Almost two months after Google's security team revealed a major security flaw in SSLv3, an Australian government department was found to still be using the old protocol on at least one of its websites, leaving it wide open to POODLE-like attacks.
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The Department of Finance is one step closer to establishing an IT hardware panel to reduce the cost of procuring hardware supplied to government agencies.
Yahoo is using one of its most prominent acquisitions to date as it develops and experiments with image recognition and search.
The search giant's €600m datacentre in the Netherlands will take up one wind farm's output for the next ten years.
The company has been showing off a 20-inch model just 20mm thick with its RealSense 3D camera and a five-hour battery to use it flat on a tabletop.
The Australian government expects the telecoms industry to passively wait while regulations are reworked to enable its multi-technology mix NBN, but this process has created new opportunities for market disruption. One of the biggest lies in the future of the Optus HFC network — and there is a strong argument for TPG to buy it.
While on the one hand, the Australian government is claiming that security agencies will not get access to any new data under mandatory data retention, Attorney-General George Brandis has claimed that the legislation is required because there aren't any existing metadata laws.
In addition to its new micro-sized PC, the world's largest computer supplier has also boosted its ThinkCentre E63z all-in-one with an Intel Core i3 processor.
One of Australia's leading technology startup players will be heading up the CSIRO, as Australia's largest science research body grapples with federal government budget cuts.
The dark side of Internet of Things, FBI and China, and other government disappointments [Government IT Week]
Europol has finally figured out something I wrote about four years ago, the FBI seems to be taking the NSA's place in the "keep quiet and shut up" department, and no one is listening to the White House about data center energy efficiency (or much of anything else, it seems). It's another week in that slapstick world we call government.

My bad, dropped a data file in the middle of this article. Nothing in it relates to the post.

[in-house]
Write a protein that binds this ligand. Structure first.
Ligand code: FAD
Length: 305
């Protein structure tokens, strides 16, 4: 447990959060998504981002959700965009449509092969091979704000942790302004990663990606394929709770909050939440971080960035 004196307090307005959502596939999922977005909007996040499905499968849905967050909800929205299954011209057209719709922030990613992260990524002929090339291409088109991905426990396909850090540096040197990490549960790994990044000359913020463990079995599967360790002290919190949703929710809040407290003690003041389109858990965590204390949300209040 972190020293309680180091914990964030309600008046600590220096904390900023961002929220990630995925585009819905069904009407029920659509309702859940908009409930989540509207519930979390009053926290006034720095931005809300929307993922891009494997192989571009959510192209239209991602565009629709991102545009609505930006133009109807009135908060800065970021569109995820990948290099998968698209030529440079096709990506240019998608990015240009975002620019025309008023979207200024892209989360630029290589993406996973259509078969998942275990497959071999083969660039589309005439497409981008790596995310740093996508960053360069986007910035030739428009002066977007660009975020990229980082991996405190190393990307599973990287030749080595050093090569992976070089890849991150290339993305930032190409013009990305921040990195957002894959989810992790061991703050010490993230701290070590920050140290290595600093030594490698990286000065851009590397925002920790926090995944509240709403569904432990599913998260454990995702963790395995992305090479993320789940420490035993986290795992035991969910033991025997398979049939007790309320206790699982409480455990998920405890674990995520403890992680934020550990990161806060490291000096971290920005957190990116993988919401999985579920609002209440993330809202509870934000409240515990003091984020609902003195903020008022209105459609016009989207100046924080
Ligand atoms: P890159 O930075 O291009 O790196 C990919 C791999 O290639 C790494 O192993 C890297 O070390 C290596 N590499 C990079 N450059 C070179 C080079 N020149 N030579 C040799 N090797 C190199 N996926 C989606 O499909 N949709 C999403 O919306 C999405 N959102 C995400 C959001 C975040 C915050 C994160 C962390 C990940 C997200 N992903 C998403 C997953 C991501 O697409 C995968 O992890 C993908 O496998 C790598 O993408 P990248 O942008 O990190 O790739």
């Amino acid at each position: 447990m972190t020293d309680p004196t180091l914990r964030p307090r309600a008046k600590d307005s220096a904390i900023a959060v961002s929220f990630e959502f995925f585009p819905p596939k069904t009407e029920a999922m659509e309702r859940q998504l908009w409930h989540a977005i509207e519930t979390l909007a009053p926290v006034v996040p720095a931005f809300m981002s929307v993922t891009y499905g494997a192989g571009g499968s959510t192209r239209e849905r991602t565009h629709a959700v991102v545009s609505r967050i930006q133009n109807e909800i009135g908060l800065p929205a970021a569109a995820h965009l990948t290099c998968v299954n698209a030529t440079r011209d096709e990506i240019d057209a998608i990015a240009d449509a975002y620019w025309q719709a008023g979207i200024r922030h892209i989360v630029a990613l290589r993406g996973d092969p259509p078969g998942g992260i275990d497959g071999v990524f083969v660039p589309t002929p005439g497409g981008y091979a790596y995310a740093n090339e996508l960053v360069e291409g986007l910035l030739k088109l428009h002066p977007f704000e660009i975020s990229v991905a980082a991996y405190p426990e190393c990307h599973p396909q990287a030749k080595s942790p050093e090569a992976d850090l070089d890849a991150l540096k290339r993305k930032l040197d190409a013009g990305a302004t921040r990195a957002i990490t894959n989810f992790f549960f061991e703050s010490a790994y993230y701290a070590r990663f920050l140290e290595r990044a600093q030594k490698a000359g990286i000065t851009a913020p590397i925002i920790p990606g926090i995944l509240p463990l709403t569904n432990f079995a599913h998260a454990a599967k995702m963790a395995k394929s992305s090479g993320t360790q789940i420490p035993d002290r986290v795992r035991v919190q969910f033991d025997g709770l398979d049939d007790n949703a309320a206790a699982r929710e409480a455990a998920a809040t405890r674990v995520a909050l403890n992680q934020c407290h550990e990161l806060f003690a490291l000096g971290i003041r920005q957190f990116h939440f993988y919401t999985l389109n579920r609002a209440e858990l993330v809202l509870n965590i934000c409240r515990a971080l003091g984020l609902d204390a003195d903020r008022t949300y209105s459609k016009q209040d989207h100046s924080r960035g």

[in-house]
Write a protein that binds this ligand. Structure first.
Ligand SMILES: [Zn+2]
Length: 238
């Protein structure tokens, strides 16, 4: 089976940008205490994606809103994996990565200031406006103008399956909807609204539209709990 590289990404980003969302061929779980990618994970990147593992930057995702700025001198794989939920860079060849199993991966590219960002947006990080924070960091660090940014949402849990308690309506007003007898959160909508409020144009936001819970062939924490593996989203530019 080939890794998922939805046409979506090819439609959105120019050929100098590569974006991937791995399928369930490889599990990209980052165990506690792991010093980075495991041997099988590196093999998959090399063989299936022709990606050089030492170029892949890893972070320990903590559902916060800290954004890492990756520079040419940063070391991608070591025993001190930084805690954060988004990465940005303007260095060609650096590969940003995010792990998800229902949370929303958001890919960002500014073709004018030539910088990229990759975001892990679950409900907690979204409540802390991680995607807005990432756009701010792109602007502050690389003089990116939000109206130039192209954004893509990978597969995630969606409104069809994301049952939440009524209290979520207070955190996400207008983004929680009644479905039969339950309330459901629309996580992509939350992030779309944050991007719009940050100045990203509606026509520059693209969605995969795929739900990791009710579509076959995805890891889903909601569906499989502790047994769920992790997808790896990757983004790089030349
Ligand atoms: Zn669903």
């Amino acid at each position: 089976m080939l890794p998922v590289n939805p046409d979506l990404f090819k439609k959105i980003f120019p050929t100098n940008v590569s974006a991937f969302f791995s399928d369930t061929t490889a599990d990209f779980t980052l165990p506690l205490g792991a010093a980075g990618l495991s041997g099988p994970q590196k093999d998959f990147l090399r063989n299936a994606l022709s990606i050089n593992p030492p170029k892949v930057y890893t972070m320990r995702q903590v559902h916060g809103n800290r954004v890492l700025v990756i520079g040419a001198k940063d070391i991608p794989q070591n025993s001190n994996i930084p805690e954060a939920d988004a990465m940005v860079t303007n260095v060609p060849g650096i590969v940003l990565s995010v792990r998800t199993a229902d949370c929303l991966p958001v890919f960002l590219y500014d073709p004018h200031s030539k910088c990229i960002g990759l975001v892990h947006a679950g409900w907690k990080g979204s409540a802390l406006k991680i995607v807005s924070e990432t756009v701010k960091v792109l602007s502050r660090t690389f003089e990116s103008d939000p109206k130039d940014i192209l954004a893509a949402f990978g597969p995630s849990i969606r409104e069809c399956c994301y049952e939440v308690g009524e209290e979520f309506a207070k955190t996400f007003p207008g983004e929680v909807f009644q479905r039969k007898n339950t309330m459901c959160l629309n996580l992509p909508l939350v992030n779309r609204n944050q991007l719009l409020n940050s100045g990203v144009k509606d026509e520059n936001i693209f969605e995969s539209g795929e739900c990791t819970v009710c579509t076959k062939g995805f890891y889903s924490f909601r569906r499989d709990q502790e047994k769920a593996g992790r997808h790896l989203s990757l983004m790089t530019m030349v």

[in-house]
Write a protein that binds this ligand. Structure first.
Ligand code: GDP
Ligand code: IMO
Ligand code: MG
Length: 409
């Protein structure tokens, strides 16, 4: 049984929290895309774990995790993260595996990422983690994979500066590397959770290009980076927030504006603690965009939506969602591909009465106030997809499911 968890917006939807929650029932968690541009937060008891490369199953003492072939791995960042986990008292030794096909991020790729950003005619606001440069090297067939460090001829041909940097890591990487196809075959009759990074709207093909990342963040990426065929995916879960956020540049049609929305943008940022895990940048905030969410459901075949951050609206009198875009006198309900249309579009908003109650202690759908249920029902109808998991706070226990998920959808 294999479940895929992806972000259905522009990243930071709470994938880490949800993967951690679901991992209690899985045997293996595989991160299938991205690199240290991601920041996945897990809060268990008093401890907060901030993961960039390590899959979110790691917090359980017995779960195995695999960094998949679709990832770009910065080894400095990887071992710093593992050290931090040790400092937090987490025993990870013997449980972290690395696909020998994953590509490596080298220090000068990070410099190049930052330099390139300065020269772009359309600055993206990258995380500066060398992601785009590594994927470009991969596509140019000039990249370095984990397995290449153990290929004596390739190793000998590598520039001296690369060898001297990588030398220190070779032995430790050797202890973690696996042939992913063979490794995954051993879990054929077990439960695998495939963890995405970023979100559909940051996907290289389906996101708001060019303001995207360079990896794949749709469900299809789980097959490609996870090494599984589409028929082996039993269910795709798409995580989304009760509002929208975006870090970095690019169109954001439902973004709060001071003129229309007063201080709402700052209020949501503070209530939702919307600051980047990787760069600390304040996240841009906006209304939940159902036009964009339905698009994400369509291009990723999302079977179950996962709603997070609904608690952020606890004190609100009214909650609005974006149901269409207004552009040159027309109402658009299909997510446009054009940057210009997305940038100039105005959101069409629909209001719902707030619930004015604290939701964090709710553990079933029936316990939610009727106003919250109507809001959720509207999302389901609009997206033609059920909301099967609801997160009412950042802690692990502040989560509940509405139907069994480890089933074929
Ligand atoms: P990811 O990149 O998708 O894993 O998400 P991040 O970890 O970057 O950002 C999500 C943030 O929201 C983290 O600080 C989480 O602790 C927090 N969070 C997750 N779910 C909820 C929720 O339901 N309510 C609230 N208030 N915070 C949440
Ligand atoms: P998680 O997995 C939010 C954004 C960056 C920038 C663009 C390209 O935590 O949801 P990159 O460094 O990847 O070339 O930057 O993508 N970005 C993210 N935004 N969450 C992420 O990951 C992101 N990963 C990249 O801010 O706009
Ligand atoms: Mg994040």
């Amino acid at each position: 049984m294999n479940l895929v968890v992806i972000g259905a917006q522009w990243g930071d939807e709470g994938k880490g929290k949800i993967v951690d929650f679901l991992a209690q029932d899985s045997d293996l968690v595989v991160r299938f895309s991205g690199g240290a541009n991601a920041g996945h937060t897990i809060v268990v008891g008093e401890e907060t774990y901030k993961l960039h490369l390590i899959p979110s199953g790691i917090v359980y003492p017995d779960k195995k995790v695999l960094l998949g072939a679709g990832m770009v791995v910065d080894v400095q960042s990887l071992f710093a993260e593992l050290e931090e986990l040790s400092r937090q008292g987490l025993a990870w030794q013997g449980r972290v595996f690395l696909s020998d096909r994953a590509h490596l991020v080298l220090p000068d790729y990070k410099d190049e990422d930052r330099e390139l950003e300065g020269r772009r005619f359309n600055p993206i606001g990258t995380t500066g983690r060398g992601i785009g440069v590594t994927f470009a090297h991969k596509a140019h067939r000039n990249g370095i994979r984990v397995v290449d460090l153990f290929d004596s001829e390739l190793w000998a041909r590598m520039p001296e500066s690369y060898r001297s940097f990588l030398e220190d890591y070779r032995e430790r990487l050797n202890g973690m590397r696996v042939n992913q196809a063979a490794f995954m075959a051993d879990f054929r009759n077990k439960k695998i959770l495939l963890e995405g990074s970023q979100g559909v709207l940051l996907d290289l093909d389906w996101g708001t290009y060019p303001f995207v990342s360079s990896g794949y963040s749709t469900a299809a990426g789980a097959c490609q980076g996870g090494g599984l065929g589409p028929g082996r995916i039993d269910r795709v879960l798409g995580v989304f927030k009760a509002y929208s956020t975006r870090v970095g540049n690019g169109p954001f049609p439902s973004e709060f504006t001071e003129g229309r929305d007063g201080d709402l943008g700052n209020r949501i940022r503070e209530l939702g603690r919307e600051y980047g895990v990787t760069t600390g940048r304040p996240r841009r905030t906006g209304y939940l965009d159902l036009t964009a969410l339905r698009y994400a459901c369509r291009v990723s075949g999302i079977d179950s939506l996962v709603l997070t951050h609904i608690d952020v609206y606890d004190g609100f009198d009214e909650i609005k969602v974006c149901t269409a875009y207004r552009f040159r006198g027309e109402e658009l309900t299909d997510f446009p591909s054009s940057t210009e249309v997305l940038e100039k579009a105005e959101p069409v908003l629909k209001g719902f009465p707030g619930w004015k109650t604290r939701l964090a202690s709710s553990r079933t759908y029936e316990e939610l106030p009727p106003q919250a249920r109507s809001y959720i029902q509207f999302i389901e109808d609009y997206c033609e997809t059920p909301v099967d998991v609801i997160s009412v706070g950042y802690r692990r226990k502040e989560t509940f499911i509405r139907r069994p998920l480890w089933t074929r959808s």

Just days after announcing job cuts in its global PC business, the Japanese hardware vendor says it will invest US$1 billion over the next five years in Southeast Asia and wants to double sales to US$7 billion.
The Department of Finance has listed a request for tender on AusTender for suppliers interested in helping the government establish a whole-of-government cloud services panel.
Not only has it been a big week for Apple products, it's been a big week for Apple privacy and government news. On one hand, Apple is promising to protect your privacy, on the other, the "warrant canary" has sung and Apple may be giving into PATRIOT Act demands. There's also more gov news the world over.
Italy's path to broadband nirvana isn't going to be an easy one, but the new government is hoping that tax breaks and less red tape can help speed the process.
The big online and tech companies suffer from an interesting conflict: the government is both customer and the one carrying the biggest stick in the privacy battle. Unless there's a major policy change, you're going to see more stories like these.
Dell cribs design cues from its XPS line to bring a 13-inch 2-in-1 to market. Will enterprises bite?
It might not be a big news week, but it's an interesting one. Should you be able to erase your past and what happens if you erase someone else's as well? A US security contractor wasn't that secure (oops), and exoskeletons. It's ZDNet Government IT week and we got exoskeletons!
Everyone knows the PC market has been in decline for the past few years. But one segment of that market is doing spectacularly well, and one company has managed to carve out enviable sales and profits by dominating that niche. Guess who?
Julian Assange (remember him from WikiLeaks?) wants out of the Ecuador embassy and no one cares. It looks like IBM's hardware sale to Lenovo is going through. Plus lots more worldwide government IT news.
Sleek and cheap, Chromebooks have been one of the few bright spots in the PC market. Expect Microsoft to fight back quickly.
The best of ZDNet, delivered
- 1 Perfectly legal ways you can still get Windows 7 cheap (or even free)
- 2 How much does an iPhone 6 really cost? (Hint: It's way more than $199)
- 3 31 ways to improve your iPhone's battery life
- 4 Seven privacy settings you should change immediately in iOS 8
- 5 Review: Tile Bluetooth tag (verdict: Great)